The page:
5. Implement division on Int, divide :: Int -> Int -> Int using the list functions described in this section. Hint: first, write a function that returns all the multiples of a given number up to a specific limit.

divide 5 10 ⇒ 2
divide 5 8 ⇒ 1
divide 3 10 ⇒ 3

Non sono ancora abituato a Haskell, ho iniziato trascurando il suggerimento, così:

Prelude> 10 / 3
3.3333333333333335
Prelude> round 10 / 3

:2:1: error:
    • Ambiguous type variable ‘a0’ arising from a use of ‘print’
      prevents the constraint ‘(Show a0)’ from being solved.
      Probable fix: use a type annotation to specify what ‘a0’ should be.
      These potential instances exist:
        instance Show Ordering -- Defined in ‘GHC.Show’
        instance Show Integer -- Defined in ‘GHC.Show’
        instance Show a => Show (Maybe a) -- Defined in ‘GHC.Show’
        ...plus 22 others
        ...plus 12 instances involving out-of-scope types
        (use -fprint-potential-instances to see them all)
    • In a stmt of an interactive GHCi command: print it
Prelude> round (10 / 3)
3

OK, le parentesi. Provo a mettere tutto nel file

dr.hs

dr :: Int -> Int -> Int

dr x y = round (x / y)
Prelude> :l dr
[1 of 1] Compiling Main             ( dr.hs, interpreted )

dr.hs:3:10: error:
    • No instance for (RealFrac Int) arising from a use of ‘round’
    • In the expression: round (x / y)
      In an equation for ‘dr’: dr x y = round (x / y)
  |
3 | dr x y = round (x / y)
  |          ^^^^^^^^^^^^^

dr.hs:3:17: error:
    • No instance for (Fractional Int) arising from a use of ‘/’
    • In the first argument of ‘round’, namely ‘(x / y)’
      In the expression: round (x / y)
      In an equation for ‘dr’: dr x y = round (x / y)
  |
3 | dr x y = round (x / y)
  |                 ^^^^^
Failed, 0 modules loaded.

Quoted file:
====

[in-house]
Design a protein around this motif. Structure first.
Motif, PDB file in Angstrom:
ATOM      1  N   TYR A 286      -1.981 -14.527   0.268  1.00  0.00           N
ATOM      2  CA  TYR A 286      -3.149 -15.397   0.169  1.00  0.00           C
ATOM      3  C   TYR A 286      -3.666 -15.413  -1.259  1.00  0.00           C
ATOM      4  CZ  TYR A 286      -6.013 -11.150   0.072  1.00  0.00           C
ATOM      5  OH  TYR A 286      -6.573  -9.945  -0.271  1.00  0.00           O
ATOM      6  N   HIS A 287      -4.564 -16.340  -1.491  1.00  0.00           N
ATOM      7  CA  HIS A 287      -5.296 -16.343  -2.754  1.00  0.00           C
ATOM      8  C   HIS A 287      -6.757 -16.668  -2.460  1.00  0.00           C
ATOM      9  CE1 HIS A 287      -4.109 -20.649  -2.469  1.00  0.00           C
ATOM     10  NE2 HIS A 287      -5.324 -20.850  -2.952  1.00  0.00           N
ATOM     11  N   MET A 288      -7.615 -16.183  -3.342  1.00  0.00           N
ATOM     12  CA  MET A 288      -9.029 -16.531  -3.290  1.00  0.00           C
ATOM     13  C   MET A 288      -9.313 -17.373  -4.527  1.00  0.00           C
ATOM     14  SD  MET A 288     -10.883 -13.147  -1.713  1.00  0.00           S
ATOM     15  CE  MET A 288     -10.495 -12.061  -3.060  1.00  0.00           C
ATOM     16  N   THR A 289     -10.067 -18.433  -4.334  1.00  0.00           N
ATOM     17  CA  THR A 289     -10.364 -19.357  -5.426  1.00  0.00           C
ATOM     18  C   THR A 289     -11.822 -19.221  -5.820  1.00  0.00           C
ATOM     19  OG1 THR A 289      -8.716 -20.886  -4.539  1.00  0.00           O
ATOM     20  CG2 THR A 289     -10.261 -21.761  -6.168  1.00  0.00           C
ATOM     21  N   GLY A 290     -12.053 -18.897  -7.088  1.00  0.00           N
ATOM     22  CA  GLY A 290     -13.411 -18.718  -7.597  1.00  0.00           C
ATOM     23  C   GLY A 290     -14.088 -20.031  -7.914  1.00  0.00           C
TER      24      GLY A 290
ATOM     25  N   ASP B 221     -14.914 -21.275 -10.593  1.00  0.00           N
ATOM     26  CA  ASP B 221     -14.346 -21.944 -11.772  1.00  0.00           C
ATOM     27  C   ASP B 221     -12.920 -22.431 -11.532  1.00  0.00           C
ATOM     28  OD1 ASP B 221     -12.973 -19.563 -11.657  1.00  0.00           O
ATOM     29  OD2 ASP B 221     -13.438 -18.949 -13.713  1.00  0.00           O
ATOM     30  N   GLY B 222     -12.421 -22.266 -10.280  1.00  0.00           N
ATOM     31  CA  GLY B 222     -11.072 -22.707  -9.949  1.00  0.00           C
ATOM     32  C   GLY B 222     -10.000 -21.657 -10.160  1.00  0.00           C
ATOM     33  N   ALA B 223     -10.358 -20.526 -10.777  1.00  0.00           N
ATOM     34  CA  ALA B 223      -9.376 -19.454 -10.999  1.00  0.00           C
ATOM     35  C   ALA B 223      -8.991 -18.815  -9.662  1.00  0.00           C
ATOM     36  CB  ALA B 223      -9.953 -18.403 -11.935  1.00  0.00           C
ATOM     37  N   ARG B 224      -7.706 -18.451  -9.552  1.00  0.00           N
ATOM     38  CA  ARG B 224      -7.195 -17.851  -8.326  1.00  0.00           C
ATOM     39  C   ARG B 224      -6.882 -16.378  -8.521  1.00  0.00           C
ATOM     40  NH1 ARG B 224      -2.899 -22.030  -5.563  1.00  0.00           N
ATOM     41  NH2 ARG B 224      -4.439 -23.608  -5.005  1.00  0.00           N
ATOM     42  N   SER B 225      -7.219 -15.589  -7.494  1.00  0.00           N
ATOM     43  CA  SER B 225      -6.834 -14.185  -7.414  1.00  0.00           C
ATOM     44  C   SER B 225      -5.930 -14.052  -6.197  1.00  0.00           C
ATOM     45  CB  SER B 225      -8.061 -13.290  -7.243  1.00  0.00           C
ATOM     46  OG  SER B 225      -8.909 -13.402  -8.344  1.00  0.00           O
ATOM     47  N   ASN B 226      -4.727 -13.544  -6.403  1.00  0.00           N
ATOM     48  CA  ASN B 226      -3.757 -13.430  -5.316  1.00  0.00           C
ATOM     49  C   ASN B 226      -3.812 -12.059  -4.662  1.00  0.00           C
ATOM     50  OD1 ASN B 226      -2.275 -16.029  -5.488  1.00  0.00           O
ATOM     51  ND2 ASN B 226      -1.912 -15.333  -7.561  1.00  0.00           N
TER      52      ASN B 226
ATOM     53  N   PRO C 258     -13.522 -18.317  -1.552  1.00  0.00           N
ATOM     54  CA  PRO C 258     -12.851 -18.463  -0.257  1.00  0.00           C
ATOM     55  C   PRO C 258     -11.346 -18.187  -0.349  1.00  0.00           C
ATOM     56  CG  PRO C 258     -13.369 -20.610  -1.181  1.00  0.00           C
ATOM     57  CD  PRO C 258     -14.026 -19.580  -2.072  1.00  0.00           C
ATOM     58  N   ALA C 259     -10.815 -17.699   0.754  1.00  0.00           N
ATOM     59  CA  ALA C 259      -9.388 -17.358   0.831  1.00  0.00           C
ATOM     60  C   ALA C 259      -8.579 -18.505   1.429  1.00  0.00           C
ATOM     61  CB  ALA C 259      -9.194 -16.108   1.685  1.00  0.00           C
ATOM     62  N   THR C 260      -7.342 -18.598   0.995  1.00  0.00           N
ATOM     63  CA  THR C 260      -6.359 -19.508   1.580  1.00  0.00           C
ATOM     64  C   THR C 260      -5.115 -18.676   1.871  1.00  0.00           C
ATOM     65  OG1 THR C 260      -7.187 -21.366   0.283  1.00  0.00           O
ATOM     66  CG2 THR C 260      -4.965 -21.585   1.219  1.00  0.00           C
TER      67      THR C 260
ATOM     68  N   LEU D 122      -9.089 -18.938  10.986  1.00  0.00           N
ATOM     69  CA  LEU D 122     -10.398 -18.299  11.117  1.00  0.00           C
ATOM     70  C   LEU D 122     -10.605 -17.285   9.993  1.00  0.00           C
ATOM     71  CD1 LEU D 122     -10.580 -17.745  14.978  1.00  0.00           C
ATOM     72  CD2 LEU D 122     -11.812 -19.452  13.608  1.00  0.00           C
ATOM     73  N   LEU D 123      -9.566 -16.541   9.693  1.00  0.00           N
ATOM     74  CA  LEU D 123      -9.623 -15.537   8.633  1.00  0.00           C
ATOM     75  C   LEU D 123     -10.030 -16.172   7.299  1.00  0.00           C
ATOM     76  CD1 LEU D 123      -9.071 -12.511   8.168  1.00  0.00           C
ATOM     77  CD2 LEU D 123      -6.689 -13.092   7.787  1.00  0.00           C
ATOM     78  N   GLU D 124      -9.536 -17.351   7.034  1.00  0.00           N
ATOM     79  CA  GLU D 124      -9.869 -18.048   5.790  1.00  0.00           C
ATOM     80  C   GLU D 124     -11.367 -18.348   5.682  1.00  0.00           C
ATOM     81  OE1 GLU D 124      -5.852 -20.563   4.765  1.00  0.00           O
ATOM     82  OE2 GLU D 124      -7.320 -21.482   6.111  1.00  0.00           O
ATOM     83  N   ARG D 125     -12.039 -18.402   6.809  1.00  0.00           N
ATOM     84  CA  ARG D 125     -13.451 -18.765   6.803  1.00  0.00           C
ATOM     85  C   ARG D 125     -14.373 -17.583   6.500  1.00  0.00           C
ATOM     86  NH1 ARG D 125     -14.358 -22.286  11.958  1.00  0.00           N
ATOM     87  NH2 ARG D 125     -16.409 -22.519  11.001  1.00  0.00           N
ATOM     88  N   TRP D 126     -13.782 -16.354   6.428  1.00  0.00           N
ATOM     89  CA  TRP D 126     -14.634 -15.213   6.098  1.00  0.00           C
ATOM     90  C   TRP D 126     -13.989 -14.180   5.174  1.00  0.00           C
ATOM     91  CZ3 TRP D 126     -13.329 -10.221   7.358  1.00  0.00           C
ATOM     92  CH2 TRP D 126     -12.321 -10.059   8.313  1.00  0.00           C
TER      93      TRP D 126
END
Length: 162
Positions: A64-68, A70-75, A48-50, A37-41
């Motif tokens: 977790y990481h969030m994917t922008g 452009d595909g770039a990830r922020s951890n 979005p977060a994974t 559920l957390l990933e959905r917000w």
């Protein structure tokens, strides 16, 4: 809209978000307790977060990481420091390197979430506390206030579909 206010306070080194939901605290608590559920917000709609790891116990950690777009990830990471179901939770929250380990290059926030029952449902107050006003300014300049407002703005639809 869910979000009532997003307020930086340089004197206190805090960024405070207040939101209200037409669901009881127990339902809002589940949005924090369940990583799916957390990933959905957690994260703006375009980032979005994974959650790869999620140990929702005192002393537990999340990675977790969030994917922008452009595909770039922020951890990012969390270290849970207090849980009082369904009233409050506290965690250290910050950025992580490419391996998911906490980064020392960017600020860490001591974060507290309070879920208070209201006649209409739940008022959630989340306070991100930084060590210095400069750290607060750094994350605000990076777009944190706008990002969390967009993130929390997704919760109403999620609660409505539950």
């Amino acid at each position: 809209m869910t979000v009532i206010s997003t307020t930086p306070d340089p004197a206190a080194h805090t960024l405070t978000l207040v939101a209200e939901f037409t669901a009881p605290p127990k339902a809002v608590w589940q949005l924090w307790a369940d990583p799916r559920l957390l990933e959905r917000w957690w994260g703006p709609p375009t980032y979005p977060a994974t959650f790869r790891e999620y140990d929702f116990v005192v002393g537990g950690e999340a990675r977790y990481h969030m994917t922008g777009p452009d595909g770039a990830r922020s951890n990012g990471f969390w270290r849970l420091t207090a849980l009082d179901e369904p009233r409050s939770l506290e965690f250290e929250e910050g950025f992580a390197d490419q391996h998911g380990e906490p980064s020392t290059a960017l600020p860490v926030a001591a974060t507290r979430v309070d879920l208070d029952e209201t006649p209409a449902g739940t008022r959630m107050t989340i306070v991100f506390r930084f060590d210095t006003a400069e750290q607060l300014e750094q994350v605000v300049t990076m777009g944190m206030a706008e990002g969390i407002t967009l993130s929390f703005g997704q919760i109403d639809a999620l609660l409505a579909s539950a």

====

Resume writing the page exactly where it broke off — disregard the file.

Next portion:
No, ovvio che / non da Int, provo a eliminare la signature

drn.hs

dr x y = round (x / y)
Prelude> :l drn
[1 of 1] Compiling Main             ( drn.hs, interpreted )
Ok, 1 module loaded.
*Main> dr 10 3
3

OK, anche se non è quello richiesto e poi capita questo

*Main> dr 8 3
3

Si potrebbe cambiare round con floor e i conti tornerebbero. Anche se non è solo per Int.

Insomma, anche se spero ci sia un metodo più semplice do retta ai prof, ecco –dopo diversi tentativi, l’ho detto che sono niubbo:

Prelude> [3, 6..10]
[3,6,9]
Prelude> x=3
Prelude> y = 10
Prelude> [x, (2*x)..y]
[3,6,9]
Prelude> length [x, (2*x)..y]
3

Posso quindi costruire lo script

div.hs

divide :: Int -> Int -> Int

divide x y = length [x, (2*x)..y]
*Main> :l div
[1 of 1] Compiling Main             ( div.hs, interpreted )
Ok, 1 module loaded.
*Main> divide 5 10
2
*Main> divide 5 8
1
*Main> divide 3 10
3

😁 Fatto! era semplice, semplicissimissimo, bastava seguire quanto detto a lezione (cioè nei posts precedenti). Solo che –tentativo di giustificazione qui– da solo è più difficile, rischi di innamorarti acriticamente delle tue idee. E poi sono condizionato da altri linguaggi. Ma poi mi passa … probabilmente … forse 😊

🤢

SICP – cap. 2 – Esempio: sets come liste ordinate – 82 – esercizio

Continuo da qui, copio qui.

Exercise 2.62: Give a Θ(n) implementation of union-set for sets represented as ordered lists.

Uh! Aiuto 💥 Bill the Lizard 👽

Since the two sets are in order, we can simply step through each set comparing the first elements of each. At each step we decide which of the first two elements to place in the resulting set.

(define (union-set set1 set2)
  (cond ((null? set1) set2)
        ((null? set2) set1)
        ((= (car set1) (car set2))
         (cons (car set1) (union-set (cdr set1) (cdr set2))))
        ((< (car set1) (car set2))
         (cons (car set1) (union-set (cdr set1) set2)))
        (else (cons (car set2) (union-set set1 (cdr set2))))))

Anyone familiar with the mergesort algorithm will quickly recognize that this implementation of union-set is almost exactly the same procedure as the merge subroutine. It’s purpose is to quickly merge two sorted lists into one. The only difference is that the union-set implementation above only keeps one copy of duplicate elements.